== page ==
What’s the best definition so far?
There’s not a leader on this planet that would give the same answer as another leader when asked to describe what leadership is.
I’ve spent months digging out the best examples, to hopefully lead us to a more contemporary solution. So let’s take a look at the front runners…
The comprehensive ones Firstly, a couple of the best ones that feel wholesome:
“The definition of leadership is to influence, inspire and help others become their best selves, building their skills and achieving goals along the way” Tony Robins, author and speaker
“Leadership is helping people succeed, inspiring and uniting people behind a common purpose and then being accountable” Paul Polman, former CEO, Unilever
The emotional ones Then there are some definitions that don’t really tell us much, but that leave us with the right kind of feeling about leadership: " ...leadership is like the Abominable Snowman, whose footprints are everywhere but who is nowhere to be seen" Bennis & Nanus: 'Leaders: Strategies for Taking Charge' (1997)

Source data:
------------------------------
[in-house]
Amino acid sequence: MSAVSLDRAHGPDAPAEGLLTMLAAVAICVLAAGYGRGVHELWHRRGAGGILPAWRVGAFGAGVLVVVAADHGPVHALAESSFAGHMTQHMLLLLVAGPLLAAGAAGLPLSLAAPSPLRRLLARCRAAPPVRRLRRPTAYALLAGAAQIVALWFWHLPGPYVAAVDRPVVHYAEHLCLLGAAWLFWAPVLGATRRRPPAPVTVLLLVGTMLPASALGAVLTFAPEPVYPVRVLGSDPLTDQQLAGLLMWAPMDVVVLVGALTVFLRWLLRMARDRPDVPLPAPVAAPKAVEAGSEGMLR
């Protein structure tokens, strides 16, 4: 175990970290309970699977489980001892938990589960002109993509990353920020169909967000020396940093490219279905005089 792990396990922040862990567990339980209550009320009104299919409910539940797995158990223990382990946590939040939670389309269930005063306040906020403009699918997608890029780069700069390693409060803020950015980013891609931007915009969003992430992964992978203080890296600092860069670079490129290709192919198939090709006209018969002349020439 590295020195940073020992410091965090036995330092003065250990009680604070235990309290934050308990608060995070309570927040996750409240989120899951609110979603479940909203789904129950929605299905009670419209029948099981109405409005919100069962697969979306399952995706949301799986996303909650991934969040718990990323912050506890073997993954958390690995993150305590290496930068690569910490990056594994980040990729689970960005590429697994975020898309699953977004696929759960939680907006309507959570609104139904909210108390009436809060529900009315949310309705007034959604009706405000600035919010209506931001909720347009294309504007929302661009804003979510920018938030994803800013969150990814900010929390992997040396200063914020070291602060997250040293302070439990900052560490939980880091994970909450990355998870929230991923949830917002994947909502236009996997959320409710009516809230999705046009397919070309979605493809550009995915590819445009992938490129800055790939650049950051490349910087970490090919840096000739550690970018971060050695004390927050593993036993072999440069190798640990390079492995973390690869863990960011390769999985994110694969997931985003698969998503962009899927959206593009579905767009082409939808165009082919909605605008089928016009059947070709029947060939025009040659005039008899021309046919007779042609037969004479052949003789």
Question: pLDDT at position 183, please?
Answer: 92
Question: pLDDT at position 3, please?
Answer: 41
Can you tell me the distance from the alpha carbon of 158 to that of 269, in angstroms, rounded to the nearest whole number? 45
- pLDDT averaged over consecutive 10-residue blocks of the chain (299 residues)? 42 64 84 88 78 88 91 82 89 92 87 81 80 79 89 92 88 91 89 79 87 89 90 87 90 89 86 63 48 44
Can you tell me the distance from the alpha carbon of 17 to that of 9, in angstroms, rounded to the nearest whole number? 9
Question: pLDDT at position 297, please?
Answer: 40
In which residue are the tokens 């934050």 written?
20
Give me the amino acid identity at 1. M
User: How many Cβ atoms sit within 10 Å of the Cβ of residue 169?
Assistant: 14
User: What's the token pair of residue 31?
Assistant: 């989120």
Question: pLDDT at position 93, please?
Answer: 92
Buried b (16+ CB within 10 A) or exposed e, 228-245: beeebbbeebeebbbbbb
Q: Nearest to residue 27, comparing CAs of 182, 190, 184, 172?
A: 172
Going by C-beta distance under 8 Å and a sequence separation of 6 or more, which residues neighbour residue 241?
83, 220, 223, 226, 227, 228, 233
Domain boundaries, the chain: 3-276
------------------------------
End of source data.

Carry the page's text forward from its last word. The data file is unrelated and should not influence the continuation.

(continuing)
"A leader is a dealer in hope" Napoleon Bonaparte, French soldier, statesman, revolutionary
Based on the examples so far, perhaps multiple definitions are useful? Leadership is not a ‘one-size-fits-all’, it’s about finding your unique style and approach. Could a menu the size of the Argos catalogue be useful to ignite something different in each of us? Mmm, let’s continue…
The focused ones Then there are the ones that over-emphasise certain qualities:
"Be willing to make decisions. That's the most important quality in a good leader." General George S. Patton Jr, United States Army
"The function of leadership is to produce more leaders, not more followers" Ralph Nadar, political activist, author, lecturer, and attorney
“Leadership is translating vision into reality” Warren Bennis, scholar, organisational consultant and author
"Leadership is influence - nothing more, nothing less" John Maxwell, author, speaker, and pastor